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Home » About » Blog » What’s in Your Attic? Treasures Big and Small

The William L. Clements Library invited members of the public to join us on Sunday, September 30, 2018, for an event we called “What’s in Your Attic?”  We encouraged attendees to bring their own paper treasures, such as letters, journals, photographs, prints, books, and maps, for discussion with Clements Curators and guest Americana collectors.  Our intentions were to garner enthusiasm for the Clements Library, gain some knowledge of exciting materials currently stewarded by private owners, learn more about our friends, build new relationships, and above all have a pleasurable time sharing fascinating stories buried in old paper.  This informal gathering took place in the beautiful Avenir Foundation Reading Room.  Families, collectors, aficionados, and colleagues came to the event for conversations about donation, storage and conservation, family history, and mutual interests.

Often, visitors express surprise that in addition to papers of Great Public Figures, the Clements Library acquires and collects the letters, diaries, documents, photographs, and other papers of everyday persons living everyday lives in Colonial America and the United States.  Not only do we care for over 100 of General George Washington’s original letters, but also the correspondence of struggling farming families, social and religious activists, immigrant families, and economic players of all kinds.  Not only do we preserve and protect the hand-drawn maps of highly accomplished Revolutionary War military cartographers, but also map exercises of schoolchildren.  The following two manuscripts, donated to the Clements Library during the “What’s in Your Attic?” event, suggest the breadth our collection.

Manuscript 1:  The Adam Ludewig Diary

Dr. Angela Del Vecchio brought to the Library a charming 8 x 15cm, 1885 pocket diary, kept by A. Ludewig of Alpena, Michigan.  The diarist wrote daily entries for the full year, each offering only the briefest mentions of his activities, expenses, and the weather.  A typical entry, for example, reads, “All well in Store. / at Church & SS- / [at Church] in Eve with Paul. / at my Sisters. / all well. / Fine Day, but Stormy.”  Although not descriptive, the regular daily contributions to this little book give us unique insight into the life and activities of its author, of daily concerns and events that were especially important for him to remember.  A few hours of research gave us enough information about the diarist to contextualize the manuscript and help determine the significance of the piece.  A. Ludewig was Adam Ludewig, born in April 1862 in Germany.  His family immigrated to the United States sometime prior to 1871.  They settled in Alpena, on the Northeast shoreline of the lower peninsula of Michigan around the time of the Great Michigan forest fire.  He became a naturalized United States citizen in 1884.  At the time of the diary, in 1885, he worked as a clerk in a bookstore; he later became a businessman and bookseller in his own right.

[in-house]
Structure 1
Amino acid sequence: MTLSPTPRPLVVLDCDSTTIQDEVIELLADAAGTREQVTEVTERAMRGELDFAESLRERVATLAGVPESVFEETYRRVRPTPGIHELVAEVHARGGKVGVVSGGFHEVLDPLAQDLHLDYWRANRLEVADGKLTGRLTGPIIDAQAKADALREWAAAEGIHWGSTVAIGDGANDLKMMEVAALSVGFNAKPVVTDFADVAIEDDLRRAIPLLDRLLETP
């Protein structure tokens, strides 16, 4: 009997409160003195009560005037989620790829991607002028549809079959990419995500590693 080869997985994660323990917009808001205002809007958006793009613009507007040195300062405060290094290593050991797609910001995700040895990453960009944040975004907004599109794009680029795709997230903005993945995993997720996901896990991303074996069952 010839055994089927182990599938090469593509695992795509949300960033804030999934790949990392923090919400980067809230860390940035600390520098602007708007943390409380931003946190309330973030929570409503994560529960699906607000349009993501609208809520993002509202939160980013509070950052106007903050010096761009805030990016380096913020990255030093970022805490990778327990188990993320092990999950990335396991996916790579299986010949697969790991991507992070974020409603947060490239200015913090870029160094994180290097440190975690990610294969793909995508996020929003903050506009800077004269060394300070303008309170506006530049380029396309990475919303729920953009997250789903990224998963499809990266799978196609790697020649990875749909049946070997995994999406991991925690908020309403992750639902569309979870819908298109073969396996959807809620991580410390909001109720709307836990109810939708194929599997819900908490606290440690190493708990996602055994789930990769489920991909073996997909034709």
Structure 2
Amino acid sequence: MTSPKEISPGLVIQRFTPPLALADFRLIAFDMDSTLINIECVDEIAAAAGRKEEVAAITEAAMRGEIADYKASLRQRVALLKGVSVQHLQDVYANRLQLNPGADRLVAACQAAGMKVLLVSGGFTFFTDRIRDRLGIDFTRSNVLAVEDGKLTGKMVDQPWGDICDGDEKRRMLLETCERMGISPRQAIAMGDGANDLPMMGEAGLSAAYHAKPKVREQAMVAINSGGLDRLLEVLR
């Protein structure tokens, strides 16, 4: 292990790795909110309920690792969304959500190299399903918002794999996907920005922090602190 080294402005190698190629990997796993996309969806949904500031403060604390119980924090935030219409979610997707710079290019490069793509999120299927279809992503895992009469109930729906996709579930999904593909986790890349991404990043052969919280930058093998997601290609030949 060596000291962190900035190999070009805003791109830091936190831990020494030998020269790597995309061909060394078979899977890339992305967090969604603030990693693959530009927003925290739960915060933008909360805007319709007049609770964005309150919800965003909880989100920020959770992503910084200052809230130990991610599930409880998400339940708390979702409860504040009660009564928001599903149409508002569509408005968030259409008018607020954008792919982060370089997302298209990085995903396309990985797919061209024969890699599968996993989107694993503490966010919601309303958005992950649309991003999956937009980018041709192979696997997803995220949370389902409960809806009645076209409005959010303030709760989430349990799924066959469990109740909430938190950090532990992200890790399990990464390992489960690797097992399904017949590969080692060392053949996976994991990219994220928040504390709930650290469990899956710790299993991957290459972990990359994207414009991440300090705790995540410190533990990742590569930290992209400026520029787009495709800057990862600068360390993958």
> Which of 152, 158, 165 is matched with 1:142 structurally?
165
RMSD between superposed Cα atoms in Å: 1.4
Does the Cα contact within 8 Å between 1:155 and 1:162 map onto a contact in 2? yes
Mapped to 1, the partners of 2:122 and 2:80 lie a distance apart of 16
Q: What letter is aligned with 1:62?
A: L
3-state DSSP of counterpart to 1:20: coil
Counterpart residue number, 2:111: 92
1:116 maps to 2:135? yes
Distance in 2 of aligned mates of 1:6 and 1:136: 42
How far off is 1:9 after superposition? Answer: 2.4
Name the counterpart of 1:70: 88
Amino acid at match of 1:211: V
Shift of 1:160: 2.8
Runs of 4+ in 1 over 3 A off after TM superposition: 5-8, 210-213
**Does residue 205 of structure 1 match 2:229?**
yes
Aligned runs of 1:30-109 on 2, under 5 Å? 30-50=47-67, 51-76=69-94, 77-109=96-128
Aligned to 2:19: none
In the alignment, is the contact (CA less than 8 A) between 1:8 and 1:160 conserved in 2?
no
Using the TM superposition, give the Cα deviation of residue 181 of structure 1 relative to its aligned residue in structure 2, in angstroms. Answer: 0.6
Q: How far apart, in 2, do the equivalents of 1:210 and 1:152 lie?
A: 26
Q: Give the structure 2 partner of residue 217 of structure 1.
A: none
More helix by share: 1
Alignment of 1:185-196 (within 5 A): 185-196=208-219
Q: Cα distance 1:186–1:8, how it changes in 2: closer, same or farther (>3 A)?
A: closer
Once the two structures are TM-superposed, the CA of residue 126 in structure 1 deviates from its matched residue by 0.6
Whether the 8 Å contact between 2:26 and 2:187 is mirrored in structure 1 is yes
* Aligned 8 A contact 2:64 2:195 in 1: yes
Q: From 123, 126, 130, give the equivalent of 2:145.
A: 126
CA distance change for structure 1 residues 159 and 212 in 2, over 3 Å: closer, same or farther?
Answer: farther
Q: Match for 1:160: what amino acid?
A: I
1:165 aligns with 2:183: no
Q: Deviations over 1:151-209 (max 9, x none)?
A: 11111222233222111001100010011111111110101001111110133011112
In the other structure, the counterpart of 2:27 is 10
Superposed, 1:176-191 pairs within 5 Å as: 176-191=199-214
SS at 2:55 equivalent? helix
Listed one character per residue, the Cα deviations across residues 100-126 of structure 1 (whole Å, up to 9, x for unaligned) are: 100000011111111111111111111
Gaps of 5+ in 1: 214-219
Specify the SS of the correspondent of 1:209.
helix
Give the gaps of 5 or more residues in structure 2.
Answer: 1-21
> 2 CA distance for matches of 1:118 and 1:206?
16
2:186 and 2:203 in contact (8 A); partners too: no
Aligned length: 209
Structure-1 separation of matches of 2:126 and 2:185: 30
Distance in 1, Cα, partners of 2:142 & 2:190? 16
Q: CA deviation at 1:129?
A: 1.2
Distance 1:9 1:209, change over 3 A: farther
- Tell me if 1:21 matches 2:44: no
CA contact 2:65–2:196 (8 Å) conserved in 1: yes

What information about 22 and 23 year-old Mr. Ludewig are we able to secure from his diary?  We know that Ludewig took painting lessons on Sundays and spent time learning French.  We know that he spent nearly every day at his bookstore; he attended morning and evening Congregational Church services and Sunday School meetings; he regularly visited, received calls from, and corresponded with several unmarried young women; he visited his parents and played chess with his father; he was engaged in the local Freemason Lodge; he offered financial support to the German Aid Society and the Arbeiterverein; and he read often.  He read Titcomb’s Letters to Young People, Single and Married by Josiah Holland; Nature’s Serial Story by Edward P. Roe; His Sombre Rivals by Edward P. Roe; Lady of the Lake by Sir Walter Scott; Farm Ballads by Will Carleton; an unspecified life of Washington; The Sorrows of Young Werther by Johann Goethe; and much else.  In short, this unassuming and sparse diary will support research on young adulthood, the intellectual and artistic life of a man in his early 20s, German Americans in Michigan, family dynamics, and much else.

Manuscript 2:  Abraham Lincoln partially-printed DS to William Warner

When Dr. Elizabeth Bishop informed the Library that she wished to donate her ancestor William Warner’s commission, signed by President Abraham Lincoln, we envisioned one of the many ornate military officer’s commissions, partially printed on vellum (and, of course, we looked forward to seeing it).  On arrival, however, we were excited to find that the document was of a much rarer sort–an appointment for William Warner to serve on the allotment commission for the state of Michigan.  On December 24, 1861, the United States Congress approved an Act to provide for Allotment Certificates (12 Stat. 331), which authorized President Lincoln to appoint up to three commissioners from each state to manage a voluntary program, by which soldiers could assign a percentage of their pay to be disbursed directly to specified family and friends.  The commissioners were unpaid volunteers, who sought out the soldiers of their respective states and procured documents certifying for allotments to be drawn from their pay for the benefit of those at home.  William Warner’s appointment bears the signatures of President Abraham Lincoln and Secretary of War Edwin M. Stanton, and an embossed seal of the U.S. War Department.  The Bishop family preserved the document in an envelope of University of Michigan Librarian William Warner Bishop, marked as the property of University of Michigan Law School Professor William W. Bishop, Jr.  The envelopes still accompany the manuscript.

Cheney J. Schopieray
Curator of Manuscripts